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Why The Little White Lies I Tell My Children Aren’t Going To Hurt Them

by Jenna Stewart
Jenna lives in Vermont and is behind the blog Motherhoodwithatwistofocd.com.

I’d like to preface what I am about to say by stating that I am actually a brutally honest person. You can rest assured that 99 percent of the time, if you ask me something, I will shoot it to you straight. That being said, parenting little humans is ridiculously hard, both physically and emotionally. And there are situations that call for parents to fib just a little bit from time to time, or in my case, every day. See, I am capable of telling the truth.

Everyone and their mother’s best friend’s sister like to remind me that the years are short and to enjoy every moment I have with my children, whether they are good, bad, or really ugly. But, when your day includes your toddler coloring the couch cushion with a sharpie, or projectile vomiting in the snack aisle of Costco, that can be tough, and sometimes downright impossible.

There are days when you feel like you will not survive until bedtime, and on those days, it is quite easy to convince yourself that opening a bottle of wine at 3 p.m. does not mean you’re an alcoholic, but in fact is just standard procedure while parenting toddlers.

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If the day decides to take an unexpected and unpleasant turn for the worse, and I am on the cusp of losing it, I will do anything in my power to save myself from a little misery, even if that means telling a small, and  I mean teeny, tiny, lie to my unsuspecting children.

I lie without any hesitation or guilt, for my own sanity and well being. You should too. I’m giving you permission. You’re welcome.

Here are some of my go-to, can’t fail white lies. Enjoy and use at your own discretion!

Little boy looks out the car window

1. “No, honey. It’s broken.”

What exactly broke? Anything and everything you do not want to deal with at that moment. Broken! Done!

Your toddler wants to watch Little Einsteins for the bazillionth time. Nope, sorry, that show is broken right now.

Your toddler wants the car window up, no down, no up, no down…Nope, sorry, that window is now broken. All done. kaput.

You’re toddler really wants to listen to Taylor Swift’s “Shake It Off,” but you fear that you might bash your head into the steering wheel if you have to hear it even one more time? Whoops, broken, sorry, not sorry.

It is literally a catchall. I encourage you to use it freely, and be creative.

Little boy squeezes toothpaste onto toothbrush

2. “Your teeth will fall out if you don’t brush them.”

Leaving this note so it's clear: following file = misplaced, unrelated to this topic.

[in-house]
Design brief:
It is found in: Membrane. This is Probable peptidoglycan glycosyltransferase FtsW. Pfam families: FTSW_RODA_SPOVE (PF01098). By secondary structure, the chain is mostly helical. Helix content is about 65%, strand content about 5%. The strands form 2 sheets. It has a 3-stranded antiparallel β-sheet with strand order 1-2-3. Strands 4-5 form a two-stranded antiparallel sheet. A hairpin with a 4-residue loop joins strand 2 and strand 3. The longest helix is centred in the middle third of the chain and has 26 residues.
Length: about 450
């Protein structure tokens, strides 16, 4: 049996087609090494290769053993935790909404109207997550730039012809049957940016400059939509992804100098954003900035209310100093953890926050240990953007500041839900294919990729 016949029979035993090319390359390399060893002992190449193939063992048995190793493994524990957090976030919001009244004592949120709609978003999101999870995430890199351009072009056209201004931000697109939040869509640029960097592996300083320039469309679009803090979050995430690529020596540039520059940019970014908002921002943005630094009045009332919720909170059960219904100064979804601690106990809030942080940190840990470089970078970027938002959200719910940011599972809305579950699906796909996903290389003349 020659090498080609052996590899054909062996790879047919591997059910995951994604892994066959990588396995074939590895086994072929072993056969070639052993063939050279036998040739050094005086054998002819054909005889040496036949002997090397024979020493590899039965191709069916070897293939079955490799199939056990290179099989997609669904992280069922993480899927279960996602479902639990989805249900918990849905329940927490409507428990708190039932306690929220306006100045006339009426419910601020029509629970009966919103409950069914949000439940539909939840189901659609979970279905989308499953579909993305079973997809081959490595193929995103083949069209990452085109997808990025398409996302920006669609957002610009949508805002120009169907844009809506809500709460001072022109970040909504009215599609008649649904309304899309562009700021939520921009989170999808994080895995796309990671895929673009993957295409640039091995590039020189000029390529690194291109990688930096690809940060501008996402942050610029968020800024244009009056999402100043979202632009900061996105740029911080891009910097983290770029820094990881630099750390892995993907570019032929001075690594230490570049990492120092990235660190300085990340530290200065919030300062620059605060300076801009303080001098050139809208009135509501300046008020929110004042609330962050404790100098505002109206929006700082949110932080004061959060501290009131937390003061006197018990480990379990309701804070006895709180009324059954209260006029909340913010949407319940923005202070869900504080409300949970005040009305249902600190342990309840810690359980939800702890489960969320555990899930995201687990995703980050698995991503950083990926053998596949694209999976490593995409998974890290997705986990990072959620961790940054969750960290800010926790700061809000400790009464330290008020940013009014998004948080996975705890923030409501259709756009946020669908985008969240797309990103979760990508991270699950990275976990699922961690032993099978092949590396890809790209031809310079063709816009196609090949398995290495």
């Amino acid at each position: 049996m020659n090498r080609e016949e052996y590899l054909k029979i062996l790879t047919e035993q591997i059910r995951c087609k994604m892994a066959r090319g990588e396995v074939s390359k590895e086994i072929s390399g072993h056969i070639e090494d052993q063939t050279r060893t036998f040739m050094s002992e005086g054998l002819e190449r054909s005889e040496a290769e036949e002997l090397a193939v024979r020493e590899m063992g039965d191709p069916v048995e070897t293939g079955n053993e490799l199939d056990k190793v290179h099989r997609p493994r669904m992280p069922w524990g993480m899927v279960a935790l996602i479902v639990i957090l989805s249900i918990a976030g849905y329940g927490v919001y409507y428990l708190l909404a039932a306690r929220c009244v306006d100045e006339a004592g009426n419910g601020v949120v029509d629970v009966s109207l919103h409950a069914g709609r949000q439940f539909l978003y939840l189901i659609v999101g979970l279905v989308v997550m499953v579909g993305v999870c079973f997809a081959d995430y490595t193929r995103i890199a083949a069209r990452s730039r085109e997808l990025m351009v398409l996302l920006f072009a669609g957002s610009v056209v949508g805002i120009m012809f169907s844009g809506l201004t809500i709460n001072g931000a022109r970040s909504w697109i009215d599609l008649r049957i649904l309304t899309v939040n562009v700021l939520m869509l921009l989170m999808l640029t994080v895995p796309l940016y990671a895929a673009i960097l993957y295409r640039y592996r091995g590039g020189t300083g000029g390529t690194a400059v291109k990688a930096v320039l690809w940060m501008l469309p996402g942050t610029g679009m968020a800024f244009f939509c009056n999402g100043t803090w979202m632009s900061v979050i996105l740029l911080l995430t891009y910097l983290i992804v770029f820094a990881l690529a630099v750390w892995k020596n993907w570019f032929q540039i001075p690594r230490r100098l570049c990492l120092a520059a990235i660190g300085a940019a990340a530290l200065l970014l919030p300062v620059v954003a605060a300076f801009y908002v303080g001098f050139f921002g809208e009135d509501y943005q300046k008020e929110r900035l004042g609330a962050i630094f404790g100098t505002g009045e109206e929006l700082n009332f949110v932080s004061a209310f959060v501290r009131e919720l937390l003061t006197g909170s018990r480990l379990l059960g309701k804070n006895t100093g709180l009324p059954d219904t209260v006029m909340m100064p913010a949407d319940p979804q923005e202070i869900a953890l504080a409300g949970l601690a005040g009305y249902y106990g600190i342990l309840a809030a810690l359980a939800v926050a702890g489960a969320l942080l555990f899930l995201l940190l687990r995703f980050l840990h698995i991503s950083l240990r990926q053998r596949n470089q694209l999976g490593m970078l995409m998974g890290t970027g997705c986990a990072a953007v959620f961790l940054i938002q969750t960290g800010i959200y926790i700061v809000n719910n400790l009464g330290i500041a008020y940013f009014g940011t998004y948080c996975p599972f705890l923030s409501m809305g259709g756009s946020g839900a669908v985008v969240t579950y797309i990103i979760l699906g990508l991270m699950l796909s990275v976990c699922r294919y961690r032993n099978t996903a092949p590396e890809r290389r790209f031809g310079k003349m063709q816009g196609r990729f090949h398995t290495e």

I feel slightly guilty about this one. Brushing teeth in our house is a power struggle, a fight to the death, really, which usually results in me forcing a Thomas the Train toothbrush into my toddler’s mouth and her crying that the toothpaste is spicy (it’s bubblegum flavor) and that she doesn’t like that toothbrush (she has four to choose from).

I’ve told her multiple times about the importance of brushing, but that doesn’t really get through to her. So, I told her that her teeth would fall out if she doesn’t brush them. In reality, this is kind of true — they will actually fall out when her adult teeth are ready to come in, so I think it is really just a half-lie, and a good way for her to prepare to take good care of her permanent teeth.

That being said, last week she stopped dead in her tracks halfway down the stairs in pure panic that she had forgotten to brush, held her hands to her mouth as she ran back upstairs, to ensure that none of her teeth fell out. Clearly, I use this one a little too much.

3. “It’s bedtime.”

I don’t care if it is 5:30 p.m. and still light outside. If it has been that kind of day, the bedtime routine is starting early and that is that!

I will warn you, though, this almost always results in an early morning wake-up call. You can’t have it both ways, but if you really need a break, or just can’t deal with any more whining, pushing, yelling, or mess making that day, do it. Do it without a second thought. Most likely they are acting like little monsters because they are overtired, so in reality, you are doing them a favor too.

Grilled chicken

4. Finally, say “it’s chicken” for anything not chicken.

I have two very impossible eaters. Saying they are picky is the understatement of the century. They won’t eat anything for dinner except Annie’s mac and cheese, hot dogs, and vegetable lo mein from the local Chinese place. Anything else is a fight, one that usually ends in tears, mostly from my children, but I definitely join in on the waterworks from time to time.

If we make any kind of meat or fish, the little humans put their noses up in disgust. “Gross,” they say. My response is always the same. “But it’s just like chicken. You like chicken.” This isn’t exactly true, they don’t really like chicken, but they’ve eaten it before, and so it is a glimmer of hope in the very dark space that is dinnertime at our house.

Woman holding her finger to her lips

Toddlers like what they know. New food is scary and foreign to them, so if you want any chance of them eating something different, compare it to something they know. Chicken works for me, but you can swap that out for anything you know your mini beasts will eat. Good luck!

I know I am not alone here. What lies do you tell your little humans?

For more from Jenna Stewart, visit Motherhood with a Twist of OCD and her Facebook page.